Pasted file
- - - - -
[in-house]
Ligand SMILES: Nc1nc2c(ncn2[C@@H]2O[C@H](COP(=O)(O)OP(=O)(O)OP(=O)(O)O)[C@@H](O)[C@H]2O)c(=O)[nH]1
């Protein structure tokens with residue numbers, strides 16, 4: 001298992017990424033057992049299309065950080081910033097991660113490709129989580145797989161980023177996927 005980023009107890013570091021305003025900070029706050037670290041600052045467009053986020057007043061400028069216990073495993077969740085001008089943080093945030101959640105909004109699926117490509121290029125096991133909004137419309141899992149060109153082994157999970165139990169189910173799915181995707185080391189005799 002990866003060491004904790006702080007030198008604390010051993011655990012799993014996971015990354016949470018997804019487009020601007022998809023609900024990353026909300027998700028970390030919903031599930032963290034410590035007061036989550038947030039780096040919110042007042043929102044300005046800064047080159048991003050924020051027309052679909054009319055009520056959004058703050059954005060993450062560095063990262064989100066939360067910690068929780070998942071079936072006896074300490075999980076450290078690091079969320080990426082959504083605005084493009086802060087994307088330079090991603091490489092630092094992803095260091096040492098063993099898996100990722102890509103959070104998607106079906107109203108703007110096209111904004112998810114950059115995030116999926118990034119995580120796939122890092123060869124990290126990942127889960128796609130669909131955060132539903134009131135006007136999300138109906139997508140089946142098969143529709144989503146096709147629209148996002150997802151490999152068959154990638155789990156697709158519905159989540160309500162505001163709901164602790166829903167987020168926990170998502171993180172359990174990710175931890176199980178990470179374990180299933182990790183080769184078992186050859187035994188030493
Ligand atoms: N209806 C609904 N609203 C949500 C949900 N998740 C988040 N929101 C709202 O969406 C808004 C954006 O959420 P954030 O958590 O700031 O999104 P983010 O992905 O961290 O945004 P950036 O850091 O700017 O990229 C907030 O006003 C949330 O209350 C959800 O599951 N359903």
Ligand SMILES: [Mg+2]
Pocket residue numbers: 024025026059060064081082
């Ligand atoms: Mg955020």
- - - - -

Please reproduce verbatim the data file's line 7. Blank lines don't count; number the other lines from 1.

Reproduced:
């Ligand atoms: Mg955020």